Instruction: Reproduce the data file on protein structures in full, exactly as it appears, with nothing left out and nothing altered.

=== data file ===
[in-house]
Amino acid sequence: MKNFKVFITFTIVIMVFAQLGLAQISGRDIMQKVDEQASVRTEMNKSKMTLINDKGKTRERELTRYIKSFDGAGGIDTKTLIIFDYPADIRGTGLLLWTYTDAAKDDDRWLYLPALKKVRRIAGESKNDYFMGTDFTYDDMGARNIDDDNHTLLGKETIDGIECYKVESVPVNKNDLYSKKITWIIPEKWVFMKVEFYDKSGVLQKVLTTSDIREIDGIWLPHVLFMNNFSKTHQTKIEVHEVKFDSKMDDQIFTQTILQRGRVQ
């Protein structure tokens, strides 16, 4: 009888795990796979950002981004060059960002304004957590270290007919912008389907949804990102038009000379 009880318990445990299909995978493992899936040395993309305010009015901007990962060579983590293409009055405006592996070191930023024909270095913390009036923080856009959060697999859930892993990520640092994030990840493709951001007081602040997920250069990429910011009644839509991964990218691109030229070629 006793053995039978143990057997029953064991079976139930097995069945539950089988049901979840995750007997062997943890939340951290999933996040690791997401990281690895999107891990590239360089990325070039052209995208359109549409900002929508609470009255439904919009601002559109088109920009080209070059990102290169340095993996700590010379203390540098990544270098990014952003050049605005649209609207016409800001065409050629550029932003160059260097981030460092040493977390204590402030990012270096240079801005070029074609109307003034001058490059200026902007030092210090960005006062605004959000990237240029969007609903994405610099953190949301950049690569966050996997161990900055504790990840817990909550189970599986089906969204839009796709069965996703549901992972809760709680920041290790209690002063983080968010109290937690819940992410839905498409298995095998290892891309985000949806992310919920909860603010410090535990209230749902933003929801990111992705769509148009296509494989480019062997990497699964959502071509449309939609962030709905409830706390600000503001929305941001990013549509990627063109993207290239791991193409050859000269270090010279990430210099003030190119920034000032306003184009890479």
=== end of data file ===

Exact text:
[in-house]
Amino acid sequence: MKNFKVFITFTIVIMVFAQLGLAQISGRDIMQKVDEQASVRTEMNKSKMTLINDKGKTRERELTRYIKSFDGAGGIDTKTLIIFDYPADIRGTGLLLWTYTDAAKDDDRWLYLPALKKVRRIAGESKNDYFMGTDFTYDDMGARNIDDDNHTLLGKETIDGIECYKVESVPVNKNDLYSKKITWIIPEKWVFMKVEFYDKSGVLQKVLTTSDIREIDGIWLPHVLFMNNFSKTHQTKIEVHEVKFDSKMDDQIFTQTILQRGRVQ
């Protein structure tokens, strides 16, 4: 009888795990796979950002981004060059960002304004957590270290007919912008389907949804990102038009000379 009880318990445990299909995978493992899936040395993309305010009015901007990962060579983590293409009055405006592996070191930023024909270095913390009036923080856009959060697999859930892993990520640092994030990840493709951001007081602040997920250069990429910011009644839509991964990218691109030229070629 006793053995039978143990057997029953064991079976139930097995069945539950089988049901979840995750007997062997943890939340951290999933996040690791997401990281690895999107891990590239360089990325070039052209995208359109549409900002929508609470009255439904919009601002559109088109920009080209070059990102290169340095993996700590010379203390540098990544270098990014952003050049605005649209609207016409800001065409050629550029932003160059260097981030460092040493977390204590402030990012270096240079801005070029074609109307003034001058490059200026902007030092210090960005006062605004959000990237240029969007609903994405610099953190949301950049690569966050996997161990900055504790990840817990909550189970599986089906969204839009796709069965996703549901992972809760709680920041290790209690002063983080968010109290937690819940992410839905498409298995095998290892891309985000949806992310919920909860603010410090535990209230749902933003929801990111992705769509148009296509494989480019062997990497699964959502071509449309939609962030709905409830706390600000503001929305941001990013549509990627063109993207290239791991193409050859000269270090010279990430210099003030190119920034000032306003184009890479």